That tradition will continue next month when Arts Array kicks off its 43rd season with the award-winning Ukrainian film “No Place on Earth,” showing at 4 and 7:30 p.m., Sept. 2 and 3 at the Abingdon Cinemall.
“The series programs foreign films, documentaries and independent American films that film buffs in the area don’t have access to in commercial movie theaters,” said series coordinator Tommy Bryant. “We have had excellent community support for this series all these years.”
Directed by Janet Tobias, the 2012 documentary “No Place on Earth” is the previously untold story of 38 Ukrainian Jews who survived World War II by living in caves for 18 months — the longest sustained underground survival on record.
In 1993, NYPD officer and caving enthusiast Chris Nicola visited Ukraine to explore the Verteba and Priest’s Grotto caves, and found evidence that they had recently been inhabited by humans. After discovering that the caves were used by Jews escaping the Holocaust, he embarked on a decade-long quest to find survivors.
The film features interviews with survivors and their descendants, now living mainly in New York City and Montreal, and includes a segment in which the director brings some of the survivors, the oldest of whom was in his 90s, back into the caves.
Arts Array features predominantly foreign films this fall, including the French film “In the House” on Sept. 9 and 10; the Australian musical comedy “The Sapphires,” inspired by the true story of a quartet of singers from a remote Aboriginal mission, on Sept. 16 and 17; the British-Irish drama “Shadow Dancer” on Oct. 14 and 15; and “Unfinished Song,” a British-German comedy-drama about a shy, grumpy retiree who honors his recently deceased wife’s passion for performing by joining a very unconventional local choir, on Nov. 25 and 26.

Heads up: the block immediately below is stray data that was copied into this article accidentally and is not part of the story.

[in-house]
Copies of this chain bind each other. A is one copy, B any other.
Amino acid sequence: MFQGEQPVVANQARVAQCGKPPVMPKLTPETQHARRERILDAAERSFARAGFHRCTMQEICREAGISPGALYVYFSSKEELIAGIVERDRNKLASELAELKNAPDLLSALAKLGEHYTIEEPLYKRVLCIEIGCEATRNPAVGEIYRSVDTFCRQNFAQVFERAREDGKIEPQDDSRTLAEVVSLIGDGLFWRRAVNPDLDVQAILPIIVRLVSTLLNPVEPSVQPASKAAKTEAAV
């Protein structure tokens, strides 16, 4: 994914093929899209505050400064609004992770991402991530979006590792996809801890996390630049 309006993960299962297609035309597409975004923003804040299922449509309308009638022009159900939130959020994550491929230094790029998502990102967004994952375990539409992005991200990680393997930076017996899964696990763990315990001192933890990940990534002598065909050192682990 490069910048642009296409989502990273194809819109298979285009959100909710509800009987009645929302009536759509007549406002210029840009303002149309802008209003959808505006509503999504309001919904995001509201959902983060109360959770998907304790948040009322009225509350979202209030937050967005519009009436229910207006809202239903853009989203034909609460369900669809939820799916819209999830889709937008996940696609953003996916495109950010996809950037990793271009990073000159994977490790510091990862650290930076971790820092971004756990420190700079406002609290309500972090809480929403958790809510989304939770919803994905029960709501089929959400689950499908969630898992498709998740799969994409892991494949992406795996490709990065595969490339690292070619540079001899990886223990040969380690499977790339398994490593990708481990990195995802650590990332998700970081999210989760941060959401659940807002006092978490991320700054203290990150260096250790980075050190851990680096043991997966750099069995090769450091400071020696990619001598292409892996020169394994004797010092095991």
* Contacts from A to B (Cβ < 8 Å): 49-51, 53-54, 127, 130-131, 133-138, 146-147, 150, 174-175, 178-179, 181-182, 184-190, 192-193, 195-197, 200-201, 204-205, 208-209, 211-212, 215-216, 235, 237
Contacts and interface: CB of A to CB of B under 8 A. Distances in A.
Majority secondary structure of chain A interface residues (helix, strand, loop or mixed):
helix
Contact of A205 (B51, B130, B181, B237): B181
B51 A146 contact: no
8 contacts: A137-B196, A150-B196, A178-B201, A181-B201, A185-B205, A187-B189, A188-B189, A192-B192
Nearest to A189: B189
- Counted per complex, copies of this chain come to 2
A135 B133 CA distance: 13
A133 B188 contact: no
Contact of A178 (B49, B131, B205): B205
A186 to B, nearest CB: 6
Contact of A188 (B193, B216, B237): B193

Two Danish films will also be screened this fall. In the thriller “A Hijacking,” to be shown Nov. 4 and 5, Somali pirates on the Indian Ocean hijack the cargo ship MV Rozen as it is heading for harbor. Among the men on board are the ship’s cook, Mikkel, and the engineer, Jan. Directed by Thomas Vinterberg and starring Mads Mikkelsen, “The Hunt,” playing Nov. 18 and 19, is set in a small Danish village around Christmas, and follows a man who becomes the target of mass hysteria after being wrongly accused of sexually assaulting a child.
Documentaries include “We Steal Secrets: The Story of WikiLeaks,” renowned filmmaker Alex Gibney’s no-holds-barred look at the organization started by Julian Assange and the people involved in the collection and distribution of secret information and media by whistleblowers, on Oct. 7 and 8, and “Blackfish,” about a notorious killer whale responsible for the deaths of a trainer and two other people, on Oct. 21 and 22.
Rounding out the series will be several American films, including the coming-of-age drama “Mud,” starring Matthew McConaughey, on Sept. 23 and 24; Baz Luhrman’s 3D adaptation of F. Scott Fitzgerald’s 1925 novel “The Great Gatsby” on Sept. 30 and Oct. 1; the supernatural horror film “The Conjuring” (Oct. 28 and 29), based on the true story of a pair of world-renowned paranormal investigators (Patrick Wilson and Vera Farmiga) called to help a family terrorized by a dark presence in a secluded farmhouse; and “Much Ado About Nothing,” director Joss Whedon’s modern-day take on Shakespeare’s classic comedy, on Nov. 11 and 12.
The Arts Array film series is part of the comprehensive cultural outreach program of Virginia Highlands Community College.
The series is co-sponsored by Abingdon Cinemall, the Southwest Virginia Higher Education Center, Emory & Henry College, Virginia Intermont College and King University.
All screenings are held at the Abingdon Cinemall in Abingdon, Va.
Admission is free for students and faculty members from the supporting institutions. Members of the general community may attend for $7.50.
For a brochure on the series or more information, call Bryant at (276) 739-2451 or email him at email@example.com.